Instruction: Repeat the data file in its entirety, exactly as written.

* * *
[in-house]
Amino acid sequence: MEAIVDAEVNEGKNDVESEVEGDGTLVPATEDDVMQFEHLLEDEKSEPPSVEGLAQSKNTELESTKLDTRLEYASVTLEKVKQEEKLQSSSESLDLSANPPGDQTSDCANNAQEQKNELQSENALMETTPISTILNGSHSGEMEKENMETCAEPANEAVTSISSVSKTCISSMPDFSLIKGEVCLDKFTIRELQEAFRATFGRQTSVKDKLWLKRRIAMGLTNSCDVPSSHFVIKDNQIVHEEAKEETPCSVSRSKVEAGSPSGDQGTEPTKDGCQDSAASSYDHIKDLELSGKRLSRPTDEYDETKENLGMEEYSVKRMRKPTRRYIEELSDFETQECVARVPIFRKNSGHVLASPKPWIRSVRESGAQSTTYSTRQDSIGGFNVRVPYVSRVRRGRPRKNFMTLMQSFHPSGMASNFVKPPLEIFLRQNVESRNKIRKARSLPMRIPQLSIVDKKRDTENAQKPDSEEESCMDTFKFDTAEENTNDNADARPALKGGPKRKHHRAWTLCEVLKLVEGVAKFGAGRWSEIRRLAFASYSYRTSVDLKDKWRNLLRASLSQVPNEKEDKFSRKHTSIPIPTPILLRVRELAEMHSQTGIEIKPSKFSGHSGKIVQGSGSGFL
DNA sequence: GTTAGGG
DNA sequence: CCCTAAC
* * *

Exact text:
[in-house]
Amino acid sequence: MEAIVDAEVNEGKNDVESEVEGDGTLVPATEDDVMQFEHLLEDEKSEPPSVEGLAQSKNTELESTKLDTRLEYASVTLEKVKQEEKLQSSSESLDLSANPPGDQTSDCANNAQEQKNELQSENALMETTPISTILNGSHSGEMEKENMETCAEPANEAVTSISSVSKTCISSMPDFSLIKGEVCLDKFTIRELQEAFRATFGRQTSVKDKLWLKRRIAMGLTNSCDVPSSHFVIKDNQIVHEEAKEETPCSVSRSKVEAGSPSGDQGTEPTKDGCQDSAASSYDHIKDLELSGKRLSRPTDEYDETKENLGMEEYSVKRMRKPTRRYIEELSDFETQECVARVPIFRKNSGHVLASPKPWIRSVRESGAQSTTYSTRQDSIGGFNVRVPYVSRVRRGRPRKNFMTLMQSFHPSGMASNFVKPPLEIFLRQNVESRNKIRKARSLPMRIPQLSIVDKKRDTENAQKPDSEEESCMDTFKFDTAEENTNDNADARPALKGGPKRKHHRAWTLCEVLKLVEGVAKFGAGRWSEIRRLAFASYSYRTSVDLKDKWRNLLRASLSQVPNEKEDKFSRKHTSIPIPTPILLRVRELAEMHSQTGIEIKPSKFSGHSGKIVQGSGSGFL
DNA sequence: GTTAGGG
DNA sequence: CCCTAAC